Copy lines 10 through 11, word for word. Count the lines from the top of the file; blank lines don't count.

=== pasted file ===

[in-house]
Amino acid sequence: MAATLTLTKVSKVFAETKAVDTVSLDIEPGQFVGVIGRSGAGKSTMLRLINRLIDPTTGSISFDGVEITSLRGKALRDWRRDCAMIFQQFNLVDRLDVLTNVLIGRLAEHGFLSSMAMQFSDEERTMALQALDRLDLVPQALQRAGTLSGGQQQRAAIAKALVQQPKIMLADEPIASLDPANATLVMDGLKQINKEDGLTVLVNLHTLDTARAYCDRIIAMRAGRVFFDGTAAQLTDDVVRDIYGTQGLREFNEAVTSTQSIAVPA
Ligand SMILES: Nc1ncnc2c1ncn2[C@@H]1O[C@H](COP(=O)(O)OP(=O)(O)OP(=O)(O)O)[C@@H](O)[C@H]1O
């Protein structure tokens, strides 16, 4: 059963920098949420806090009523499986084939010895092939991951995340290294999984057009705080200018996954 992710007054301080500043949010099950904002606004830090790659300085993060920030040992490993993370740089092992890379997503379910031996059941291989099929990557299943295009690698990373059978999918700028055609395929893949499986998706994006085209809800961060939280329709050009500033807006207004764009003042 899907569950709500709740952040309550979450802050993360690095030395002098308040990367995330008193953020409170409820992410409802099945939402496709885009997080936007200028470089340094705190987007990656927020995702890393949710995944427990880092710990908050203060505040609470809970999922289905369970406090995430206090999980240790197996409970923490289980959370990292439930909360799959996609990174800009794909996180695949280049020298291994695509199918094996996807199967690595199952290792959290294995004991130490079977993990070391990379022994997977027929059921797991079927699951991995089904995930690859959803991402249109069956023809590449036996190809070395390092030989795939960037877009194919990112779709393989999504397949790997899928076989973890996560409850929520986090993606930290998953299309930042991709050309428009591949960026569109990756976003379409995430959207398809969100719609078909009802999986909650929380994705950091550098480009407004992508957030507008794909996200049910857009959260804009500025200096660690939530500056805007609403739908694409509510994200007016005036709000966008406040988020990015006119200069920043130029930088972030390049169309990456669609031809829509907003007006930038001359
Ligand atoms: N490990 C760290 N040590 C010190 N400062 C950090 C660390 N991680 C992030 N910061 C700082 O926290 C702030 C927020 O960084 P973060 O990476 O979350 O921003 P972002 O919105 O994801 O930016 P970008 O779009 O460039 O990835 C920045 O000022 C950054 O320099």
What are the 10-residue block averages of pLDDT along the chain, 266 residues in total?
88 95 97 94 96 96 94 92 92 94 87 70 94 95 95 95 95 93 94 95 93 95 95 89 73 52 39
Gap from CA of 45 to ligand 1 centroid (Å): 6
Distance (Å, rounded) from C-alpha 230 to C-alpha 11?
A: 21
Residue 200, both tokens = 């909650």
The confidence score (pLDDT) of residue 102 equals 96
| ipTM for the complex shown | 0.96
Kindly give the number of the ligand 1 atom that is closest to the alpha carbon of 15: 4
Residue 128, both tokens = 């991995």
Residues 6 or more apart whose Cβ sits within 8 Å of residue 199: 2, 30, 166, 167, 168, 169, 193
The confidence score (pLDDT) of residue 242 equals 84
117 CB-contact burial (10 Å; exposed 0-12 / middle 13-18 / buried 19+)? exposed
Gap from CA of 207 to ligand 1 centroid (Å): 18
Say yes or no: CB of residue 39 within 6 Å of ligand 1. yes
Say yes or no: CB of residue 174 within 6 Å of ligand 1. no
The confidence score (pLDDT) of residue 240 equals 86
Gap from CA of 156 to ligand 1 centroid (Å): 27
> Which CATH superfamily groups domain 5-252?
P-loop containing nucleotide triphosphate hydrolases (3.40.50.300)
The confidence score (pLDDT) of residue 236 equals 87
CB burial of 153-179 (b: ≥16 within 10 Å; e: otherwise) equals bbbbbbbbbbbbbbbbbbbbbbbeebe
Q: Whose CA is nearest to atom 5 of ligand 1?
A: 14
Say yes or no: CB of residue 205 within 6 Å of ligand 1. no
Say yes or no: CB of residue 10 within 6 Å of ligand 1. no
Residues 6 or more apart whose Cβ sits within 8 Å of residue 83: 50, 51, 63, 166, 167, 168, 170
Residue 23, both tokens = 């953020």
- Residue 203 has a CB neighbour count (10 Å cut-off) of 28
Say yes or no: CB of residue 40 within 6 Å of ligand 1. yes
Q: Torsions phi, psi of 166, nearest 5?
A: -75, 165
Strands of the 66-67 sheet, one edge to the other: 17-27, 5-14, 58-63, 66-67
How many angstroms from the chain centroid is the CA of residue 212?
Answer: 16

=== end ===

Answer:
A: 21
Residue 200, both tokens = 């909650």